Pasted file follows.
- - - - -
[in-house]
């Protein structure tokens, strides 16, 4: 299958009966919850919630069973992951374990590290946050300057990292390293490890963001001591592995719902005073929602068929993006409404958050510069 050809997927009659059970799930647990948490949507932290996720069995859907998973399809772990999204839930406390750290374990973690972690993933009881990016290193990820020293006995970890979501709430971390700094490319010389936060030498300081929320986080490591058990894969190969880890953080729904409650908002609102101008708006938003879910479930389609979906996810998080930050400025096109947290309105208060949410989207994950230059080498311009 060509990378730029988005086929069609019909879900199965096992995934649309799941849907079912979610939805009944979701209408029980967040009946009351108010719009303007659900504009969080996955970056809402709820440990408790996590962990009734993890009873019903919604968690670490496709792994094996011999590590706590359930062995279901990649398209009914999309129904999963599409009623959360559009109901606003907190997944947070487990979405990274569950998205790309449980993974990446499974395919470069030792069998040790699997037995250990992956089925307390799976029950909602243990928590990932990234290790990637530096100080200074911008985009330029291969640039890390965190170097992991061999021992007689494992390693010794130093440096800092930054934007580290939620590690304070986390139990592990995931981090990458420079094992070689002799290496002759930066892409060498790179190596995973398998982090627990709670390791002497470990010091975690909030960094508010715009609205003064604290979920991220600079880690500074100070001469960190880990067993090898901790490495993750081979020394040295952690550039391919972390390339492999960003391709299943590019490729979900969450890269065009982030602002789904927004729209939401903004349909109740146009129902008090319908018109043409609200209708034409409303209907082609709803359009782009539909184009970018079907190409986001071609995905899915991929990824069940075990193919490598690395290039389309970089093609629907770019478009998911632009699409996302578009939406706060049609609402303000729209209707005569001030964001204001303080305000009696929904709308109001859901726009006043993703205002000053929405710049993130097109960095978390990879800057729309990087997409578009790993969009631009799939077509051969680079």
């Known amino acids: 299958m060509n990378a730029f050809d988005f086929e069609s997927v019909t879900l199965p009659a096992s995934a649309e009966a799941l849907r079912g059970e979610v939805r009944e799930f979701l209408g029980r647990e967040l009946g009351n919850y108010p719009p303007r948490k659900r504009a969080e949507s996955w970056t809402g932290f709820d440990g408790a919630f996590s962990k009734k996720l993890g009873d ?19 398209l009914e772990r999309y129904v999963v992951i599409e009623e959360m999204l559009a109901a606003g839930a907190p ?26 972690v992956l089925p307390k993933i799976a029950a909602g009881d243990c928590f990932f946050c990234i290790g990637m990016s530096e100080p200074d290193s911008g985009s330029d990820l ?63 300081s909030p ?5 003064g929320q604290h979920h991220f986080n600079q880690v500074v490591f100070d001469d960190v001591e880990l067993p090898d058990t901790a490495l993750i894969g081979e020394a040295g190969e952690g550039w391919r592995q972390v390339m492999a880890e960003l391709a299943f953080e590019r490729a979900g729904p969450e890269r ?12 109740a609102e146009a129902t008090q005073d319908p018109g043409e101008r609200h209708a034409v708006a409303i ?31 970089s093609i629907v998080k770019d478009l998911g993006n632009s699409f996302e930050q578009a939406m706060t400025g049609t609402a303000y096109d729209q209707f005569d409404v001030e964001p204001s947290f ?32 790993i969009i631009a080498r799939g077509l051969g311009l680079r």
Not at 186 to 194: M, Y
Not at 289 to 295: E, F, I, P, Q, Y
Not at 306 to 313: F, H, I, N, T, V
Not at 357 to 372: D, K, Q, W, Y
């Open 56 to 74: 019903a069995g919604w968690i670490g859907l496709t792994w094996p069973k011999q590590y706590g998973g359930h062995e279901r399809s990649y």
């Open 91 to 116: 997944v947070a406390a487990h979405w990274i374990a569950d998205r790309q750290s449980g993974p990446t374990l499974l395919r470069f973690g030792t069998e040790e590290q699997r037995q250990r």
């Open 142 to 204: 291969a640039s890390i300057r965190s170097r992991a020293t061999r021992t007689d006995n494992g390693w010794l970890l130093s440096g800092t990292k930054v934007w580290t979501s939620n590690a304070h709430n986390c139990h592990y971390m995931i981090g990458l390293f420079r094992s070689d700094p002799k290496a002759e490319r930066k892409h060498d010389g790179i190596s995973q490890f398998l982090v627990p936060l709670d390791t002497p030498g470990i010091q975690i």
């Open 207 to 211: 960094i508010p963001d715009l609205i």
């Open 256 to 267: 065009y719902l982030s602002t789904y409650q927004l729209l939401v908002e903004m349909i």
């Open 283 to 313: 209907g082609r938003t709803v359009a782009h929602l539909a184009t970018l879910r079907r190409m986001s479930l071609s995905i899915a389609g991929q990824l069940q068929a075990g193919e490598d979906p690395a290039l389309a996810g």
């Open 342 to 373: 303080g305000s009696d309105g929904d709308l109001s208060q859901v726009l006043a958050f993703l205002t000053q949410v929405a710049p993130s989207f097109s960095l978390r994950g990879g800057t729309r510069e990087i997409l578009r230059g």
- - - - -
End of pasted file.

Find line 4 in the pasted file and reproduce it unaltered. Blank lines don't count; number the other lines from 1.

Not at 186 to 194: M, Y